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WPF C# Tutorial – Hit Testing with Multiple Rectangle Objects

This tutorial will show you how to make a WPF application that can detect hit test with multiple objects. This tutorial will be slightly similar to the platform drop down game but, in this case, we will only move one of the rectangles around the screen and use gravity to drop it between other rectangles on the screen. This small app will be made in Visual Studio 2019 using the WPF format. You can follow along with any other visual studio version that supports WPF.

Objectives:

  • Create a rectangle drop-down app in WPF and C# in Visual Studio 2019
  • Adding keyboard events in WPF
  • Adding timer and timer events in WPF
  • Animating Rectangle with key down and key up event
  • Creating for each loop and checking hit test with other rectangles
  • Using Rect class to determine if the objects are colliding
  • Moving player object left and right within the Canvas boundary
  • Identify which platform player lands on and show names of the objects colliding

Create a new WPF App under C# in Visual Studio.

Name the project MultipleHitTestExample, you can select where you save the project and click CREATE.

This is the default view of the WPF and the window below is the XML code. We can see the outlook of the app in the WPF part but we have to add the codes in the XML part of the code where you will be able to add buttons, labels, pictures and more.

This is the default XML code. We are going to make some changes to it first.

Notice there is a <GRID> </GRID> code in the XML. The kind of app we want to make we need to use <CANVAS> </CANVAS>. Grid allows you to make apps that are responsive and scale able however it’s not great with animation so we need to CANVAS that does animation pretty well.

Delete the GRID from the code and add the following –

Lets go over the XML code first –

Title=”MainWindow” Height=”600″ Width=”525″ FocusManager.FocusedElement=”{Binding ElementName=MyCanvas}“>

First inside the title put the code above, this code will focus right on the Canvas when the app is loaded, this part of code will allow the program to respond key down and key up event.

<Canvas Name=”MyCanvas” KeyDown=”Canvas_KeyDown” KeyUp=”Canvas_KeyUp” Focusable=”True” Margin=”0,0,0.4,-59.6″ HorizontalAlignment=”Right” Width=”518″ >

This is the open canvas code, inside this tag we have several options included such as key down and key up events, whether this canvas is focusable when its loaded, margin, horizontal alignment and width.

<Label FontSize=”16″ Canvas.Left=”20″>Landed on:</Label>

<Label Name=”infoTxt” FontSize=”16″ Canvas.Left=”113″>???</Label>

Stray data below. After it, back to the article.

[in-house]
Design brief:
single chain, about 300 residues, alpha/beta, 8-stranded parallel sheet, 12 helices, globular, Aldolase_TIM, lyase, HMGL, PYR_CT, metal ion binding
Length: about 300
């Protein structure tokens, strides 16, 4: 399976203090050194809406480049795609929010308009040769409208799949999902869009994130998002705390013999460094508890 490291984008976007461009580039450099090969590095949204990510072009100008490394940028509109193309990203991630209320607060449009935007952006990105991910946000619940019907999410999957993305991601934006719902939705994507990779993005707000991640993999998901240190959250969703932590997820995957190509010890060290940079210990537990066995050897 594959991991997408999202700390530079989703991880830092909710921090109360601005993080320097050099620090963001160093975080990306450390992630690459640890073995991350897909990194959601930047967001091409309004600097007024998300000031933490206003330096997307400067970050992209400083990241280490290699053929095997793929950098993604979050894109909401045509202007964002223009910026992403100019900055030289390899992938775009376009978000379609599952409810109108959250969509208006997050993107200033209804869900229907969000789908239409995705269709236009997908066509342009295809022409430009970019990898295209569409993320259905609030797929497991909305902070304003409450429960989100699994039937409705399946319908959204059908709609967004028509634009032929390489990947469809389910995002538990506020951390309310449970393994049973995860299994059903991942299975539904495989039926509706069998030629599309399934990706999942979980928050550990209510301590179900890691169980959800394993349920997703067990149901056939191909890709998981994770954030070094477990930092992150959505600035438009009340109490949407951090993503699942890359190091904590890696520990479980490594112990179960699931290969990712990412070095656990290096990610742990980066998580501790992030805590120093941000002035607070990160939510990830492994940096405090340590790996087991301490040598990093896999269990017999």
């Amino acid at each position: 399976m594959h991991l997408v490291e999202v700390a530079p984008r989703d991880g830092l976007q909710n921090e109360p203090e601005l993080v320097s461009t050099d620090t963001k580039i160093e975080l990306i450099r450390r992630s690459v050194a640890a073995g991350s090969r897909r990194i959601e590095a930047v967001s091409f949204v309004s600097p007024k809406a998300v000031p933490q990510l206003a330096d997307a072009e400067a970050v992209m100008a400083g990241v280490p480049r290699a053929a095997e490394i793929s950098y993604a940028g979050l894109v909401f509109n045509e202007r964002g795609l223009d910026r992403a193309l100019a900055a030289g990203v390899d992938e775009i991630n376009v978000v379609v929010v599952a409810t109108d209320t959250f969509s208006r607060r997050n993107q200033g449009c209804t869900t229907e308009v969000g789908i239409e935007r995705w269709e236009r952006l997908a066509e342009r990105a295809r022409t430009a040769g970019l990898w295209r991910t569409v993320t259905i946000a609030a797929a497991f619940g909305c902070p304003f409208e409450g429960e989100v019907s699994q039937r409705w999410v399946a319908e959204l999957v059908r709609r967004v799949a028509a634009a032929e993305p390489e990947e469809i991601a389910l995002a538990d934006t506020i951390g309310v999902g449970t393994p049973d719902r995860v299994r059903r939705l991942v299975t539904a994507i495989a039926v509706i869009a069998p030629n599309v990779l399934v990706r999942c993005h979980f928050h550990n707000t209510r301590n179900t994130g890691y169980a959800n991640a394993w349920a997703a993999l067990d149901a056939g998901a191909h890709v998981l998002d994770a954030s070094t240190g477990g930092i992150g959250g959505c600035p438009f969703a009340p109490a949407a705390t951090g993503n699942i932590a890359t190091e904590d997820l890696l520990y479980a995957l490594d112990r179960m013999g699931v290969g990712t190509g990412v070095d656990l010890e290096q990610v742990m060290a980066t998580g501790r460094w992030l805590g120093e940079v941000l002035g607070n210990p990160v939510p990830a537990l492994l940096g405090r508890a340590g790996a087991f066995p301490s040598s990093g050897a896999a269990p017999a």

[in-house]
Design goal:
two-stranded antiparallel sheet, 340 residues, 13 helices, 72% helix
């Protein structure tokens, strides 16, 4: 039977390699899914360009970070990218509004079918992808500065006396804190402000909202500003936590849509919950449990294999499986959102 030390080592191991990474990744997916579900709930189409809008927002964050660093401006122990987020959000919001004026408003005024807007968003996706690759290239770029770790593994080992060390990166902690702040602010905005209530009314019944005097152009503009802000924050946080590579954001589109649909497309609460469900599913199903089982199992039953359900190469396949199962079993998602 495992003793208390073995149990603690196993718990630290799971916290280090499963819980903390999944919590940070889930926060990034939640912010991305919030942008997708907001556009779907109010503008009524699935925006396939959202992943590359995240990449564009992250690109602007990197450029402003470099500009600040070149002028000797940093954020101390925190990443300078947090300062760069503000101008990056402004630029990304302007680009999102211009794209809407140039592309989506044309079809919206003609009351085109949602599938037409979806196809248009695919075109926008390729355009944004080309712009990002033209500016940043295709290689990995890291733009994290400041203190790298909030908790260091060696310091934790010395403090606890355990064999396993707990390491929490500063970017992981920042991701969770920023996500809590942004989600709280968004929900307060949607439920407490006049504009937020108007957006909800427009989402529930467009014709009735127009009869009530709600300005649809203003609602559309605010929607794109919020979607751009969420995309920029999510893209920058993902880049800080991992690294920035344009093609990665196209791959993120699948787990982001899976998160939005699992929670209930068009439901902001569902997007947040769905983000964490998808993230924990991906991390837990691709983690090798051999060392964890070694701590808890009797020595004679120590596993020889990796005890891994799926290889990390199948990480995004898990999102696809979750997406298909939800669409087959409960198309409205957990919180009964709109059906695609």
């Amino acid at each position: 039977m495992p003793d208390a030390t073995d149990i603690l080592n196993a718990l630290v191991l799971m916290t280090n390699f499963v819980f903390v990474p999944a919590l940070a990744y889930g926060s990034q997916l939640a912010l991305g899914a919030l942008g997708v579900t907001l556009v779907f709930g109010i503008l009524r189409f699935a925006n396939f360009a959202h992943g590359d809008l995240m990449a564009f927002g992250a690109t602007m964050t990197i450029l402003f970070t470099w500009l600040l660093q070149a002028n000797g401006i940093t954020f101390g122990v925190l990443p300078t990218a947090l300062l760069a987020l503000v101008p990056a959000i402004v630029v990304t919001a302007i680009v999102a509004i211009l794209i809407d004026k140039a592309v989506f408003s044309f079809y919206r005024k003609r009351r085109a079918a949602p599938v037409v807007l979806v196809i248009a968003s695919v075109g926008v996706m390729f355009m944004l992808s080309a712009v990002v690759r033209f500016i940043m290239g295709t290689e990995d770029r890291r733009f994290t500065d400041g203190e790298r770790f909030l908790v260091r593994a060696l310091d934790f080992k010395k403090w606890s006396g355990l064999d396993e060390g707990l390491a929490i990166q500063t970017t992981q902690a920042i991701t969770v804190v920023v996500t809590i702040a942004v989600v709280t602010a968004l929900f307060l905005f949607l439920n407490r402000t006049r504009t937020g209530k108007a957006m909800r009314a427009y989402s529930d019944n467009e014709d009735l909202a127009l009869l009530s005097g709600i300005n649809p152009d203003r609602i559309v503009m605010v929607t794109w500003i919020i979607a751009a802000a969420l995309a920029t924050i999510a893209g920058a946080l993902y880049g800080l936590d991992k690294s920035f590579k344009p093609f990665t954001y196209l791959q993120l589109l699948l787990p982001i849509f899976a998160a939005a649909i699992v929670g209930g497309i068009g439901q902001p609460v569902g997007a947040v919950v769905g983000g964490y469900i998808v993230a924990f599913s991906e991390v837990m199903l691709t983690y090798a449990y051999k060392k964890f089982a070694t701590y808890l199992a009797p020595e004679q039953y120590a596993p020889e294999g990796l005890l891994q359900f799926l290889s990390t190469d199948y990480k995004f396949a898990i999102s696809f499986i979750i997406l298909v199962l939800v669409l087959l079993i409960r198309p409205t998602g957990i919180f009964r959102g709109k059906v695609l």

These two lines of code above will add two labels to the screen. We will use them to see which platform the player character lands on.

<Rectangle Name=”rec1″ Width=”50″ Height=”50″ Margin=”0″ Canvas.Left=”307″ Canvas.Top=”51″ Fill=”Blue” />

This is the first rectangle; inside the tag we are giving this rectangle some properties. We need to give it a name and, in this case, its rec1. We give its width and height of 50, when we declare a number inside of this it calculates in pixels so this rectangle will be 50 pixels wide and 50 pixels high. We are leaving the margin to 0. We can set it to where we want it so in this case, we want this rectangle to be 307 pixels from the left and 51 pixels from the top.

<Rectangle Name=”platform1″ Width=”337″ Height=”50″ Margin=”0″ Canvas.Left=”143″ Canvas.Top=”144″ Tag=”platform” Fill=”Brown”/>

<Rectangle Name=”platform2″ Width=”337″ Height=”50″ Margin=”0″ Canvas.Left=”20″ Canvas.Top=”283″ Tag=”platform” Fill=”Orange”/>

<Rectangle Name=”platform3″ Width=”337″ Height=”50″ Margin=”0″ Canvas.Left=”143″ Canvas.Top=”463″ Tag=”platform” Fill=”Red”/>

Above the are 3 platforms for this app. I you look inside these tags you will notice they all have similar properties inside the rectangle tag. Each of them has their own names, height, width and location. We also have a TAG property in them, this is important because we will use this to detect the collision between these and the rec1.

</Canvas>

Lastly we end the canvas as we will not need to add anything else to it. Now lets get to the coding.

Adding Events

Right click on the Canvas_KeyDown and you will see the option Go to Definition. By clicking on this option Visual Studio will add the event got us. Nice right.

Right click and then click on Go to Definition.

Visual studio will open the C# script file that’s linked to this app and then add the Canvas_KeyDown event.

Now right click on the Canvas_KeyUp and Click on Go to definition.